Barry Ostrager’s Questroyal Stud announced Feb. 13 it has signed a contract to purchase Sez Who North, a 265-acre farm near Stillwater, N.Y., outside of Saratoga Springs. Gus Schoenborn Jr., former owner of Contemporary Stallions near Coxsackie, will be a 25% minority owner of the property.
Owned from 2001 to 2009 by Richard Simon, Sez Who North was named leading New York breeder from 2005 to 2007 and led the state’s breeders in both earnings and stakes winners from 2005 to 2009 (with a tie for stakes winners in 2009). At one time the farm was home to nearly 1,000 Thoroughbreds.
Ostrager acquired Sez Who North from the Bank of New York Mellon, which has owned the property since 2010. The transaction is scheduled to close Feb. 21.
“Questroyal and Gus Schoenborn have managed some of the most outstanding stallions ever to stand in New York, most notably, City Zip, Belong to Me, Hansel, and Gold Token,” said Ostrager. Located near Claverack, N.Y., Questroyal presently stands Marsh Side, Roaring Fever, and Patriot Act.
Ostrager said one of the most appealing aspects of Sez Who is the quality of its soil.
“The land is very suitable for raising horses,” he explained. “I think that’s one of the reasons why Sez Who was the leading breeder in New York for three consecutive years. It’s a very good place to breed and raise horses, and of course the New York program is skyrocketing right now.”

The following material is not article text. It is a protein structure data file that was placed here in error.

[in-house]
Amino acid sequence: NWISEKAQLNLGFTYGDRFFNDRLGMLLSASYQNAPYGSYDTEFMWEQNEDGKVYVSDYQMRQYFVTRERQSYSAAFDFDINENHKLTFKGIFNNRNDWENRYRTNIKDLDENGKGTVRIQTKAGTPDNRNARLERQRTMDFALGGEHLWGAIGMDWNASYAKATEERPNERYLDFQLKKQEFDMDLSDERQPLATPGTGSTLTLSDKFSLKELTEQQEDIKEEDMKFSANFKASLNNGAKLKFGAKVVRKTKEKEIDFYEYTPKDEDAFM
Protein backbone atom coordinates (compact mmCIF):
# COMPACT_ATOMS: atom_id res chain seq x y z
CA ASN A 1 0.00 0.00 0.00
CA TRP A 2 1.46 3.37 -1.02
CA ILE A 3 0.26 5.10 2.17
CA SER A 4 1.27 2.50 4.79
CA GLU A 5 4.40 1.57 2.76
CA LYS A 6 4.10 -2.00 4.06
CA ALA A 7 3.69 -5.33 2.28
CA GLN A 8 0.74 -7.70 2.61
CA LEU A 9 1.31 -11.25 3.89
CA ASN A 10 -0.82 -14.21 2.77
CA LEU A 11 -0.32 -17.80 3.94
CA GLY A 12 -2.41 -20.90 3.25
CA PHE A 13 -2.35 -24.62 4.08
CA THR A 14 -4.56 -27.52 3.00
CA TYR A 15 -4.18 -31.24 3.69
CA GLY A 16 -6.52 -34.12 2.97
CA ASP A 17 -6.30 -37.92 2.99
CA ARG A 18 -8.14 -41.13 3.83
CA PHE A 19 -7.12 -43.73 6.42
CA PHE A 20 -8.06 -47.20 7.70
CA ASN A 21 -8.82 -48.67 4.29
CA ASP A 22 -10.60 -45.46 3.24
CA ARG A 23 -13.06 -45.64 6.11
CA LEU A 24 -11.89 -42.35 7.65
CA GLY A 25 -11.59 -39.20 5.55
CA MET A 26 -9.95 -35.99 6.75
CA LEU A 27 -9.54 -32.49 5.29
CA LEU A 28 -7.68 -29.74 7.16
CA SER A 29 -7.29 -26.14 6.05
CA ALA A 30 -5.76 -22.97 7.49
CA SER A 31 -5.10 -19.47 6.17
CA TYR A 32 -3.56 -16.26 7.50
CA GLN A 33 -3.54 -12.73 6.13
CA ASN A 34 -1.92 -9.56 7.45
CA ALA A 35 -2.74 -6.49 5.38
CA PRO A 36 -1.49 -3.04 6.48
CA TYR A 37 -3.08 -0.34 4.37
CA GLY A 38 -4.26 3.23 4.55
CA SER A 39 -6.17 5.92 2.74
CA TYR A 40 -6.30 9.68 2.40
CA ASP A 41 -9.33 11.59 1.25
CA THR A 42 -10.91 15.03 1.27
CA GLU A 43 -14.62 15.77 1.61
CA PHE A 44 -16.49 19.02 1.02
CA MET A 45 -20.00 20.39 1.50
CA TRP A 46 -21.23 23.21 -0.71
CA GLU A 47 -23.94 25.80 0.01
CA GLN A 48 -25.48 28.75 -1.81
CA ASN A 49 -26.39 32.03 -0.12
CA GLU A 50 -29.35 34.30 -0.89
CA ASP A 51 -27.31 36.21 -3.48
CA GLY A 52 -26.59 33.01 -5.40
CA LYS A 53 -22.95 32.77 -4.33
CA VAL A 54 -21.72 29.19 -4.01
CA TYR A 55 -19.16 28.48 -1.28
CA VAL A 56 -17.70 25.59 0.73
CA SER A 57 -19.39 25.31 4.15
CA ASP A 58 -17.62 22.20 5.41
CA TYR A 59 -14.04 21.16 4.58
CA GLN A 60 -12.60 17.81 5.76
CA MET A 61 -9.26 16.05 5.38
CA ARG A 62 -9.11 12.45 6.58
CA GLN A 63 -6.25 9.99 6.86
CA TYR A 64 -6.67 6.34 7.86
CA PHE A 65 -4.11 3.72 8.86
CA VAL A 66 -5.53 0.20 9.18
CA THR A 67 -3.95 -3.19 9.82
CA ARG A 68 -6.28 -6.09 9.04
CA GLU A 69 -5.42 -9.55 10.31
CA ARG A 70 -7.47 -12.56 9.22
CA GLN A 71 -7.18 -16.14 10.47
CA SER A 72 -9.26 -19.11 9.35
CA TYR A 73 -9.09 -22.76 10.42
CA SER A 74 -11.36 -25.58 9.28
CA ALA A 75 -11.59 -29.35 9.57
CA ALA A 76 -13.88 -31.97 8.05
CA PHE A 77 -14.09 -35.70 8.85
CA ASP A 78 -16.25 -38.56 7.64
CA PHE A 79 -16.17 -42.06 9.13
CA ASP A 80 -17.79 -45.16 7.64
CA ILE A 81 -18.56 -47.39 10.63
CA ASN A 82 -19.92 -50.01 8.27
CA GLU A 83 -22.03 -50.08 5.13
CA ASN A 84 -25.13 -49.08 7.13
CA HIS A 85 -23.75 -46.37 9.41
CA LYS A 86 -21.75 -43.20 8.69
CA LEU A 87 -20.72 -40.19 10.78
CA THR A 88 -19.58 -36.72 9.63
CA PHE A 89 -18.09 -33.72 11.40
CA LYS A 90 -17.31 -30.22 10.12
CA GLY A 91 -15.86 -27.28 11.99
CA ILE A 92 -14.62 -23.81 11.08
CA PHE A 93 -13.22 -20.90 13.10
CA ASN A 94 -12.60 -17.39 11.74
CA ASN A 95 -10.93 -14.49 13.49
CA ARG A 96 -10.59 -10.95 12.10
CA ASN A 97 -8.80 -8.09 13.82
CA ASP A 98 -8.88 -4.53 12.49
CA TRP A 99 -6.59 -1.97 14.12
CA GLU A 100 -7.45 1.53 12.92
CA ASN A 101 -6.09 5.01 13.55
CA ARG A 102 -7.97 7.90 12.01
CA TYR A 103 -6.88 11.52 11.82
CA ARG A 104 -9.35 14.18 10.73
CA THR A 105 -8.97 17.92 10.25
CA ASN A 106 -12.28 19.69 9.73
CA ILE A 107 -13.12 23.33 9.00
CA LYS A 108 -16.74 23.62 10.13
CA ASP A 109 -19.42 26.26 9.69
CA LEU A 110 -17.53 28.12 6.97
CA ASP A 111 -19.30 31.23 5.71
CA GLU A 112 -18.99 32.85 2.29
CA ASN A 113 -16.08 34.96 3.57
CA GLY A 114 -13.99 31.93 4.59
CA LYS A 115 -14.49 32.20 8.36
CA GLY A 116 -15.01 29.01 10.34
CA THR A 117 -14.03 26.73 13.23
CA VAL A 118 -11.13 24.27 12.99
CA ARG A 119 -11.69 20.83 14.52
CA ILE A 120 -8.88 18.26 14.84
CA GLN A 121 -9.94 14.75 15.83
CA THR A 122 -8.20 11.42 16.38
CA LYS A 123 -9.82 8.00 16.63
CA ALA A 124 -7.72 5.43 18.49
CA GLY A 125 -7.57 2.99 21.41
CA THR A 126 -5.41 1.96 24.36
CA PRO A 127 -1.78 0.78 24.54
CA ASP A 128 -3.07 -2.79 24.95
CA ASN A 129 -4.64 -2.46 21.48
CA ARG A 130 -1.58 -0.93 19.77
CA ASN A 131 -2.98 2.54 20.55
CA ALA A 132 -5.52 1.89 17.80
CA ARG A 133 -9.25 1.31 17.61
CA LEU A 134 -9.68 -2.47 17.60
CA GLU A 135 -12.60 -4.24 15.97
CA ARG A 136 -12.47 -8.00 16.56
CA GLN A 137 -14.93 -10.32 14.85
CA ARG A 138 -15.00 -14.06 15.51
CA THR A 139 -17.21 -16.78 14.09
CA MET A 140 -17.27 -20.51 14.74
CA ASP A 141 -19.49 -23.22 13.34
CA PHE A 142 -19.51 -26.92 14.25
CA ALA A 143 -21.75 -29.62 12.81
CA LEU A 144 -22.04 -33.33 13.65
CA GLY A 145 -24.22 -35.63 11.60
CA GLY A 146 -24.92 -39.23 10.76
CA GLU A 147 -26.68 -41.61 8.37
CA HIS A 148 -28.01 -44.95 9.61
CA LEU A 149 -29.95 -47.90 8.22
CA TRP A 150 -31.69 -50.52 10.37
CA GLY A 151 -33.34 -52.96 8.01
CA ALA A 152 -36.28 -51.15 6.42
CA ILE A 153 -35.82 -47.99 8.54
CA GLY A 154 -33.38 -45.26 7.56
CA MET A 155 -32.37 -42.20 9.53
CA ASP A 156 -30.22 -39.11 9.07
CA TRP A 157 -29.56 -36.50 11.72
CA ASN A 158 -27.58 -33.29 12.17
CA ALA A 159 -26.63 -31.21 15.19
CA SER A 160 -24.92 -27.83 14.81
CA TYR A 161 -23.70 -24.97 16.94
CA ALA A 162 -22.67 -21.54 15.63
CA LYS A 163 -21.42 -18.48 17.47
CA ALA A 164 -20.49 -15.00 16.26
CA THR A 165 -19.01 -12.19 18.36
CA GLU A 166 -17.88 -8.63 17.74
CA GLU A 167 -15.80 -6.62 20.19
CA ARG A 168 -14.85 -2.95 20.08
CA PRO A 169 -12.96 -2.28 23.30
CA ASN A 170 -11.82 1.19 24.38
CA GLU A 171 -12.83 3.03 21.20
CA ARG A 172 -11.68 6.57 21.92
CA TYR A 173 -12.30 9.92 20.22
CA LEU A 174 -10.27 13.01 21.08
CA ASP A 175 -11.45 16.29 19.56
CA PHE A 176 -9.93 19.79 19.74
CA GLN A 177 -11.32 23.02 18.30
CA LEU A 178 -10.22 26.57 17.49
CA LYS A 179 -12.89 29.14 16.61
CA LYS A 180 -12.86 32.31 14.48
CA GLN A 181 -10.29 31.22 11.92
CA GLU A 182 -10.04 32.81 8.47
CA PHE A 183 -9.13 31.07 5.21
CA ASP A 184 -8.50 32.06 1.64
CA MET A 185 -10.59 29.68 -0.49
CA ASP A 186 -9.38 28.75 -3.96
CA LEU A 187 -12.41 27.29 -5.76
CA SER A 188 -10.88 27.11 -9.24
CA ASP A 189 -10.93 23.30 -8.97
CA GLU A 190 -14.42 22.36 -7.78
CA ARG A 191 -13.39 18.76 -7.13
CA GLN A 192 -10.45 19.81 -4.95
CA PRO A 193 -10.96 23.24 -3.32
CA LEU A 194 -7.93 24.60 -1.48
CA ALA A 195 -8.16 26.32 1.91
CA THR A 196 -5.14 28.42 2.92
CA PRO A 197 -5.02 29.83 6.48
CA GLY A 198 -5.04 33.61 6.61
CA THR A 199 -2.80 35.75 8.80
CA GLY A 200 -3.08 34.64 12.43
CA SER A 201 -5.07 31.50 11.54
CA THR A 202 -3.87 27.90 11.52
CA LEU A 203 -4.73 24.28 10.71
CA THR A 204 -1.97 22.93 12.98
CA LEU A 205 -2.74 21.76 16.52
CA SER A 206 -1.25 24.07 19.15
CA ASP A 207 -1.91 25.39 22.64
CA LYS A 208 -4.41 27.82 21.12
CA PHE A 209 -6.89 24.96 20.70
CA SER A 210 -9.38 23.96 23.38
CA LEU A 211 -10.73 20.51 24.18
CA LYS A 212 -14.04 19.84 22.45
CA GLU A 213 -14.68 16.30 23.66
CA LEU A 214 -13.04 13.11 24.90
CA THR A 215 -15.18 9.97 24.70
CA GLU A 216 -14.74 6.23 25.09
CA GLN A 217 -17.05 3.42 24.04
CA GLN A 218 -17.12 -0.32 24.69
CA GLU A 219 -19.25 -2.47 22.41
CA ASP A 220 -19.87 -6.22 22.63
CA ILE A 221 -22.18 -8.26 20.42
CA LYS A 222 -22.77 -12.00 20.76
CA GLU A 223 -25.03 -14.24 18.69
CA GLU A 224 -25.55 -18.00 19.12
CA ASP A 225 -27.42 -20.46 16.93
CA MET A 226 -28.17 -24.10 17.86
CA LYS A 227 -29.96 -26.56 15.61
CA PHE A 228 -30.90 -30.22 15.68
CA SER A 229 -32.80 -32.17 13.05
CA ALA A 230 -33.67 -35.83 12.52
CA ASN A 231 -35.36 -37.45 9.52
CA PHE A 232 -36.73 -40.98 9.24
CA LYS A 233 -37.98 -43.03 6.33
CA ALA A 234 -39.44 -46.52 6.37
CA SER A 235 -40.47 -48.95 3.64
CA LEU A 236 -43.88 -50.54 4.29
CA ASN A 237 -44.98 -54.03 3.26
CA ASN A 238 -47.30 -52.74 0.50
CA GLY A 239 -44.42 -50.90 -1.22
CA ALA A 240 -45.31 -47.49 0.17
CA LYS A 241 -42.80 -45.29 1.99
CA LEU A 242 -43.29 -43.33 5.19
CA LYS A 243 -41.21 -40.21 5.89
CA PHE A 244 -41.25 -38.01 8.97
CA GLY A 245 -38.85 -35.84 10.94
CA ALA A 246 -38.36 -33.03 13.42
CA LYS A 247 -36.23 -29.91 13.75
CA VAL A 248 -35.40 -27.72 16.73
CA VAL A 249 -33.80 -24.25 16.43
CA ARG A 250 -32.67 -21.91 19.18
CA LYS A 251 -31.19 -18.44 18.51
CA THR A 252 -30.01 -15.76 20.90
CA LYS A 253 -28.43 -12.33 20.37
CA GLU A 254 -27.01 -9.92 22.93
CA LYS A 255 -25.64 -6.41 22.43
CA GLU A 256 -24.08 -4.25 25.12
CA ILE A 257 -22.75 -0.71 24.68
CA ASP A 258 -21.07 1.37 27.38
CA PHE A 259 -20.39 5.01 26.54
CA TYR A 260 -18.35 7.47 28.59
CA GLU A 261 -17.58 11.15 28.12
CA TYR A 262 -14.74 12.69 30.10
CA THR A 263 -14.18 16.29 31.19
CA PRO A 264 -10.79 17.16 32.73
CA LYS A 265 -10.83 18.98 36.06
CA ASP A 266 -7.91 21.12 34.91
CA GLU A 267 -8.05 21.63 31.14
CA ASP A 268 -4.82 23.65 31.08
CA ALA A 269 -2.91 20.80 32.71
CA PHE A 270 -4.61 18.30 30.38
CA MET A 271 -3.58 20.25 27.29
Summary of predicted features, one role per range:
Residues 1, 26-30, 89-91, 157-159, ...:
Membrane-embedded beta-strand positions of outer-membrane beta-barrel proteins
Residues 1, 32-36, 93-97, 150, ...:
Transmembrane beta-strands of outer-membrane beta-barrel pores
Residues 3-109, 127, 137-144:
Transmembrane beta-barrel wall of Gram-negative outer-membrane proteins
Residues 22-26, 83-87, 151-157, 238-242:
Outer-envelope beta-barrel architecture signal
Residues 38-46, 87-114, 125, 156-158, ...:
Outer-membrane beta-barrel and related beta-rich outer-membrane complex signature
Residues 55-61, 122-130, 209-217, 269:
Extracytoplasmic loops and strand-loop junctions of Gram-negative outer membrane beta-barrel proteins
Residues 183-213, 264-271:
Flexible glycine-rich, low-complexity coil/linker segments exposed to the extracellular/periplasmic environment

Ostrager said he doesn’t yet know how he will use the Sez Who facility. The farm is about a 45-minute drive from Questroyal.
“It has a full stallion barn and 120 stalls and I haven’t decided precisely what use I’m going to put it to, but historically, it has been a full-service operation,” he said. “It’s got 200 acres of fenced paddock. Questroyal may add to the stallion population we have…we may be doing a joint venture with a Kentucky farm.”
If that deal goes through, it won’t be the first Kentucky operation to try a breeding venture in the Empire State. Two other recent examples include B. Wayne Hughes’ Lexington-based Spendthrift Farm, which will stand Dublin at Keane Stud near Amenia in 2012; and Tom Simon’s Vinery, which expanded its stallion operation to New York in early 2011, starting a division at Empire Stud near Hudson. Soon afterward, Vinery took over the management of Sugar Maple Farm near Poughquag.
While New York’s state-bred awards program has been strong for many years, a new incentive to bring stallions to the state came with Aqueduct’s 5,000 new slot machines, which are expected to generate nearly $45 million per year in purse money for the New York Racing Association and nearly $7 million for the state’s breeding program.
"It's really great to see one of the largest most important Thoroughbred farms in the state being revitalized and reintroduced into our newly enhanced program,” said Jeffrey Cannizzo, executive director of NYTB, of Sez Who. “For another large commercial farm to reopen its doors is yet another vote of confidence in the bright future of New York breeding and racing."